Festival Hall though was merely a catalyst for further development of the prime South Bank site, with the 1960s bringing with it a new wave of architectural ideas, many influenced by architectural movements going on all over Europe, such as the advent of the Brutalist style in Russia. Brutalism relied upon the theory that the function of the building should shape its form, and striking structures on the South Bank such as the Hayward Gallery and the Queen Elizabeth Hall adhere to this principle wholly.

Simple concrete geometric forms shape two of the most culturally important spaces in London, whilst the austere simple concrete exteriors veil within them a unique collection of performance and exhibition spaces.

 

The much maligned Hayward Gallery uses simple geometric forms in a extremely playful and original manner , adding life to what would otherwise be a very plain concrete shellThe much maligned Hayward Gallery uses simple geometric forms in a extremely playful and original manner , adding life to what would otherwise be a very plain concrete shell

  

 

In recent times, the South Bank has also seen a wave of new architectural ideas wash up on it’s shores. Recent renovations of the Royal Festival Hall and the Hayward Gallery have restored these classic examples of post war architecture to their former grandeur, whilst also enhancing features such as gallery spaces and acoustics in these venues, ensuring that the South Bank is still today a world leader for cultural highlights.

In the 1950s west of the South Bank may have been flourishing culturally, though at the same time the area to the east opposite St Paul’s was still very much a working part of London’s East End. In 1947 work began on the gargantuan Bankside Power Station, a structure which dwarfed any other on the South Bank.

In 1997 this area was extensively redeveloped, starting with the rebuilding of Shakespeare’s Globe expanding the reach of the South Bank’s influence even further down the river. Undoubtedly though, the jewel in the crown of the South Bank has to be the most visited modern art gallery in the world – the Tate Modern.

In 2000 world renowned Swiss Practice Herzog and de Meuron undertook the challenge of transforming the former monument to London’s industrial past into a gallery which would showcase the cream of modern art from the last 100 years. The breathtaking building itself is perhaps the highlight of any visit to the Tate, with the vast spaces of the Turbine Hall rivalling the sense of awe and wonder one feels in any of the grandest cathedrals, whilst the stripped back simple nature of the design combined with the industrial relics of the buildings past life give the structure a real sense of honesty.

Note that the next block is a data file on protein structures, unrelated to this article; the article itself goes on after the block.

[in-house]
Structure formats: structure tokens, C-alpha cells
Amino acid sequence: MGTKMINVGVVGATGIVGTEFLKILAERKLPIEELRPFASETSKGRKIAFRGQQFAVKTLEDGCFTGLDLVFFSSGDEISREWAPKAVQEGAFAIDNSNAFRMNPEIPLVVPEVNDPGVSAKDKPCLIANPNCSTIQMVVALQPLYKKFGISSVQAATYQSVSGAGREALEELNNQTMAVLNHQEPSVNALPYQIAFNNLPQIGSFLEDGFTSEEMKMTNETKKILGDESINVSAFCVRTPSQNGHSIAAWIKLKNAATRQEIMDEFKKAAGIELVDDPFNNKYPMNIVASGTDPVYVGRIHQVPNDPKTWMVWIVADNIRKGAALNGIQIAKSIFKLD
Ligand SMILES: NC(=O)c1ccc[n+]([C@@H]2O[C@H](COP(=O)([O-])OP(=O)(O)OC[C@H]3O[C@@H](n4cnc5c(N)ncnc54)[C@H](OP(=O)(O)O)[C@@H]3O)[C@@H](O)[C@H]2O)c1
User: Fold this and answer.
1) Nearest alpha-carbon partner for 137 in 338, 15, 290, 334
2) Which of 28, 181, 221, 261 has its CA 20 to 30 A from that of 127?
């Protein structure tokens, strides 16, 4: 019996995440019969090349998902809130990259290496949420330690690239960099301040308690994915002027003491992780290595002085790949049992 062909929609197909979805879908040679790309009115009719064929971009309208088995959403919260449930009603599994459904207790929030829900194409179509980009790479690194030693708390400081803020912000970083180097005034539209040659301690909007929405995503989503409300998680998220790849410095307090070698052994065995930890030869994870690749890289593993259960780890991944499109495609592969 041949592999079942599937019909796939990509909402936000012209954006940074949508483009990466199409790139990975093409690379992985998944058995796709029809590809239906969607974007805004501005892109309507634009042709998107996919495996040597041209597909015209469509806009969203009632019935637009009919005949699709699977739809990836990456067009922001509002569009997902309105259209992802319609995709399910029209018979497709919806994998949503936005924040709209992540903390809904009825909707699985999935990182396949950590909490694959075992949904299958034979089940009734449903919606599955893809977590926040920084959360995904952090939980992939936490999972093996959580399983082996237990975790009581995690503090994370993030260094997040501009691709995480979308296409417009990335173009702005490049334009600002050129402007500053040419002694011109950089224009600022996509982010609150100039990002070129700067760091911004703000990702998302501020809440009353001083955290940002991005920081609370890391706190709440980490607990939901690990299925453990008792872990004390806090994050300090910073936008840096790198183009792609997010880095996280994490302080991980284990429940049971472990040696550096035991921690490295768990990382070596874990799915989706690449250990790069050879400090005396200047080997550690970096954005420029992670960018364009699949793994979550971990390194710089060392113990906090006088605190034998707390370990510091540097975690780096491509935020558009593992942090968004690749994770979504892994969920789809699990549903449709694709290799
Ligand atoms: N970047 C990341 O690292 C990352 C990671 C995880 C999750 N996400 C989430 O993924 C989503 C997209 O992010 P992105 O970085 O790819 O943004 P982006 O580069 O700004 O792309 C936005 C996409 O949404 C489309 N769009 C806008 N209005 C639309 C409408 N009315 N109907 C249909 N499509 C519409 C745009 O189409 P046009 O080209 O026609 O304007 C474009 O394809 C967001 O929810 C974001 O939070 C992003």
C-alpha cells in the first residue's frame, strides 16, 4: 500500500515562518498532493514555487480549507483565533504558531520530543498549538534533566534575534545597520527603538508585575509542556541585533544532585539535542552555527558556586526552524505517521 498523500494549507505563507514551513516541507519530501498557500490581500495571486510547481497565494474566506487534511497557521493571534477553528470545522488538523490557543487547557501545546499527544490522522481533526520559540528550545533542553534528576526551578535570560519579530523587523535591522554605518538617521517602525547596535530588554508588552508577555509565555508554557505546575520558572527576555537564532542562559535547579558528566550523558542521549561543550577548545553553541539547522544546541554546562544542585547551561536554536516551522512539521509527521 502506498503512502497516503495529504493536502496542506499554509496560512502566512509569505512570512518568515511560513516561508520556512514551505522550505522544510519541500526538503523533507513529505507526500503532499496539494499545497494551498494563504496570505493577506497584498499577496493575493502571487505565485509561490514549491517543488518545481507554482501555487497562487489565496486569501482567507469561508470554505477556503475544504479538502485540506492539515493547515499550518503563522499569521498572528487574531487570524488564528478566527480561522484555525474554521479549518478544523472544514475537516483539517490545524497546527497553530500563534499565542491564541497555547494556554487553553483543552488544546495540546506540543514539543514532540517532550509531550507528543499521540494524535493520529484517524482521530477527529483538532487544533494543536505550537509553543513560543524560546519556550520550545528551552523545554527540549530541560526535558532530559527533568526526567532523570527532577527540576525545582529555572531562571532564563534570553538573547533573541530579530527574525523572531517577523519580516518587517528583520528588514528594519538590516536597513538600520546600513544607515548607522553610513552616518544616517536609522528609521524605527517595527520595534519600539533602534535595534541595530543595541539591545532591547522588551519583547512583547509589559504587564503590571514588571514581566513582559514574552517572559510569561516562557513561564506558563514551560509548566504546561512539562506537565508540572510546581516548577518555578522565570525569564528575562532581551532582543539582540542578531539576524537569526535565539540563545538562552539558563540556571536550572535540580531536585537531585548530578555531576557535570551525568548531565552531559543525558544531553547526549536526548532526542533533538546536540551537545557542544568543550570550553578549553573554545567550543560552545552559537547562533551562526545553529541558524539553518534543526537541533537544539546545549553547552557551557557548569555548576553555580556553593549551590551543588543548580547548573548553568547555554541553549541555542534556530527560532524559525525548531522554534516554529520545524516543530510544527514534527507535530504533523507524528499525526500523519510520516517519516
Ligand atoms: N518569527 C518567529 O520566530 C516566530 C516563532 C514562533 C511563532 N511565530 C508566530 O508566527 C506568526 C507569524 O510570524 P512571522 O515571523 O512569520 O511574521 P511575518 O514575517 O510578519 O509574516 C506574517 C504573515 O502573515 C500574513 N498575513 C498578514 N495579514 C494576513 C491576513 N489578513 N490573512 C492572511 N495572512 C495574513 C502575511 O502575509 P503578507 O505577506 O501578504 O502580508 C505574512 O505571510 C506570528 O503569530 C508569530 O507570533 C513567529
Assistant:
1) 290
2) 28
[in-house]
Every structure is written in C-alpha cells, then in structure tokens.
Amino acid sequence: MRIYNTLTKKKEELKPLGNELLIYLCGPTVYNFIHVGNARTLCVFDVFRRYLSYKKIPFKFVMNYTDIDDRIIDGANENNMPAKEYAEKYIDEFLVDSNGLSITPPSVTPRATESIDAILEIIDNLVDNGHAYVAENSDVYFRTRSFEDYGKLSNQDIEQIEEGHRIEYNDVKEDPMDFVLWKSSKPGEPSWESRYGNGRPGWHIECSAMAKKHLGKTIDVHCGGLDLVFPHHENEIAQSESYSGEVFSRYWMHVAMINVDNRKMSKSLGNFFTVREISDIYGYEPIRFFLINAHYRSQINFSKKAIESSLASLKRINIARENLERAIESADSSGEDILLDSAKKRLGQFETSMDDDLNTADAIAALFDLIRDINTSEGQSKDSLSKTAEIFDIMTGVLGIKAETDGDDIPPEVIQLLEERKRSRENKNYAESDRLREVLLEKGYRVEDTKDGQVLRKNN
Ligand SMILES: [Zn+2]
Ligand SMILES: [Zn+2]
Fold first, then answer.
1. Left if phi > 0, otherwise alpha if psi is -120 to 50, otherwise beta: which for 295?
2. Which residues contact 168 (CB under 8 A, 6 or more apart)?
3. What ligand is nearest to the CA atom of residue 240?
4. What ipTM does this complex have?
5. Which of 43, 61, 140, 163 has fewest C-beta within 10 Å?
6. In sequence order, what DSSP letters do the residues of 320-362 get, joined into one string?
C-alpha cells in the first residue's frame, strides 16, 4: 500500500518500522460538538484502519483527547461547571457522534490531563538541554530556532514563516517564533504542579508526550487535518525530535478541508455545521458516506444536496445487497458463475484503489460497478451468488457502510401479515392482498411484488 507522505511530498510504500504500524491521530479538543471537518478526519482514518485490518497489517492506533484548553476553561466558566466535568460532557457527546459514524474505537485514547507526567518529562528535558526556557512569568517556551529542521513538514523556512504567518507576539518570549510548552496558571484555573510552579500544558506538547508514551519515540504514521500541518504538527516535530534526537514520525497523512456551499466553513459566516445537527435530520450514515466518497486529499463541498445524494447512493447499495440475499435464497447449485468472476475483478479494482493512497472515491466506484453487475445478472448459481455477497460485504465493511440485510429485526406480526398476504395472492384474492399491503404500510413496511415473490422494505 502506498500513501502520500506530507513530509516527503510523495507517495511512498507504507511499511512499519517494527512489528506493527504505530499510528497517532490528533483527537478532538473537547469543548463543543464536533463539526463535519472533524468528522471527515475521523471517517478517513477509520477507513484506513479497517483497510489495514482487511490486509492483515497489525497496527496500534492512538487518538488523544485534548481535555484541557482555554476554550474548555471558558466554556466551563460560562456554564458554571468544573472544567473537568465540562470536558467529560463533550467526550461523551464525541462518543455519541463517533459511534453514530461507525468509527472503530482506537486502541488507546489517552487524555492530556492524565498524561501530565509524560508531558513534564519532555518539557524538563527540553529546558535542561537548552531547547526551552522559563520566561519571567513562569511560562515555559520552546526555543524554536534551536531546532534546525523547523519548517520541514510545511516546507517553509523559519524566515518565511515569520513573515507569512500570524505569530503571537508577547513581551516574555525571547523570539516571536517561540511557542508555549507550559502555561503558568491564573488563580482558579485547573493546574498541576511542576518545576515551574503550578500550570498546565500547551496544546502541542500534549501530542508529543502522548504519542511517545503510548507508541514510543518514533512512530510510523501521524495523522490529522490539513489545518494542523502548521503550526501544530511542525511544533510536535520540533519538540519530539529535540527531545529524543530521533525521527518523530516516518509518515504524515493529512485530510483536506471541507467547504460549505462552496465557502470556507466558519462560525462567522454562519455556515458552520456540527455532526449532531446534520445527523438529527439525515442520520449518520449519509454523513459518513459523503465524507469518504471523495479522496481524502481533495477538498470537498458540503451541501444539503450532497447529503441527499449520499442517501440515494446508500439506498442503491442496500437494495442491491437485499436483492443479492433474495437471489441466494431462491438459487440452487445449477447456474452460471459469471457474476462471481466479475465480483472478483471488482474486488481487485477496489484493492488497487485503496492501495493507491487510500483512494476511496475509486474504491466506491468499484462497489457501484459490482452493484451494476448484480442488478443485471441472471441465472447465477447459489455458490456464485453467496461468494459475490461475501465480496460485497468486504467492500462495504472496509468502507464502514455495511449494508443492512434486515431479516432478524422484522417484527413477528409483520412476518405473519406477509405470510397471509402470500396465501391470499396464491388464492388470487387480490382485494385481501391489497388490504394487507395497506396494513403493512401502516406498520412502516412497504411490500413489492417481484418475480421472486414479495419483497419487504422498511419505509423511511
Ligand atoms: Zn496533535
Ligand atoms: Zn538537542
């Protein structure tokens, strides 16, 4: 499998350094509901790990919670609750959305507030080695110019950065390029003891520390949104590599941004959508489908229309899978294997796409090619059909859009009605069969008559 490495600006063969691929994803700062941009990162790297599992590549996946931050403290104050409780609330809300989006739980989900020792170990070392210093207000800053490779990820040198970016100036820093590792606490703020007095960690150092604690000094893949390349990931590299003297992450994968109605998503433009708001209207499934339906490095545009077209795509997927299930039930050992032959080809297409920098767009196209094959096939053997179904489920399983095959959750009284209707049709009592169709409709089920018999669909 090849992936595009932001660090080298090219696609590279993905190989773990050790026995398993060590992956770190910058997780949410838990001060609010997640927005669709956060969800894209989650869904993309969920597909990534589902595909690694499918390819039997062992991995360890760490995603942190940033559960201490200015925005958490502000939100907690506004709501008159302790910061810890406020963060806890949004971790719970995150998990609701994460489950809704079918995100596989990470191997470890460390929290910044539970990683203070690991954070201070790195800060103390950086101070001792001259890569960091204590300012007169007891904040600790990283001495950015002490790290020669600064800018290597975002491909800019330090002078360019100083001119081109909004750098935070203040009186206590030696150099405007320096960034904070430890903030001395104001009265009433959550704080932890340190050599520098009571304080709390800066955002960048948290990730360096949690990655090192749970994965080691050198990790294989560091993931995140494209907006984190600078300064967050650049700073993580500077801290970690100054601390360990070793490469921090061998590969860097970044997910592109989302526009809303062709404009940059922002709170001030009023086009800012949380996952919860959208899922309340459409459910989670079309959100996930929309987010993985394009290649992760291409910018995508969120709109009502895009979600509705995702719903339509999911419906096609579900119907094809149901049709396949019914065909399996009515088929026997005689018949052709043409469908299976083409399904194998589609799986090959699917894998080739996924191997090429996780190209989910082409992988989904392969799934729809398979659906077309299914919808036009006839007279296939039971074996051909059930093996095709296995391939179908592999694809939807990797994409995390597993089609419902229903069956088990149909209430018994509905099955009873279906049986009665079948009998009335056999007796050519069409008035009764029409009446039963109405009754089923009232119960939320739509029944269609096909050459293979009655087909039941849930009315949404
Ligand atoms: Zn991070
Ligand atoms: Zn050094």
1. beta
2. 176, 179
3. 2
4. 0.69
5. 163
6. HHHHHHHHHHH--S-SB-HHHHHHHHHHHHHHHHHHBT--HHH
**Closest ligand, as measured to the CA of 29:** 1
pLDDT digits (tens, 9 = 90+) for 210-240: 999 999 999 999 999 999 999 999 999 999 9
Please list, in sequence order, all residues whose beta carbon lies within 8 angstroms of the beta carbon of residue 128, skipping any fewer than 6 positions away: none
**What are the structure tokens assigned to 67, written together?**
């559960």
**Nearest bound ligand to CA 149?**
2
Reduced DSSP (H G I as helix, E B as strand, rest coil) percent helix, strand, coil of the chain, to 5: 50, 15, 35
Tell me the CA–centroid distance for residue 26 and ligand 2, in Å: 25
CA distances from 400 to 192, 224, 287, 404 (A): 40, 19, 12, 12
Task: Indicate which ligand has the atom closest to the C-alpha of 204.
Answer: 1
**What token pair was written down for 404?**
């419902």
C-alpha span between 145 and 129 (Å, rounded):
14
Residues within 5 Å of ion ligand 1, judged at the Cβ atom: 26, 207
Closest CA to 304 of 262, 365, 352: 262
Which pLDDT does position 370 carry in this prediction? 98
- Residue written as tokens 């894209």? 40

Britain’s Industrial past meets uber cool European design in the iconic Tate ModernBritain’s Industrial past meets uber cool European design in the iconic Tate Modern

Some of London’s most talked about exhibitions of recent times have graced the Turbine Hall’s vast spaces, incredibly leading to the massive site needing to be developed further. By next year, a great pyramid of glass and brick also by Herzog and de Meuron will expand the galleries spaces further, whilst the point of the new exhibition spaces will form yet another iconic landmark on London’s South Bank.

National Theatre at nightNational Theatre at night

Today, the air of anticipation and trepidation which existed when the South bank was conceived for the Festival of Britain is still tangible. The array of architectural gems and cultural highlights in such close proximity to each other is unrivalled anywhere else in the world, whilst the atmosphere along this stretch of the river is truly amazing day or night. A walk along the South Bank embraces so many architectural styles and cultural phenomenons all set against the backdrop of some of the best views London has to offer, offering the design aficionado an experience unlike any other the city has to offer.

Photo credits:
Hayward Gallery - Courtesy of Hayward Gallery
Tate Modern - Courtesy of Tate Modern
Oxo Tower - Leonora Enking
National Theatre at Night - Steve Cadman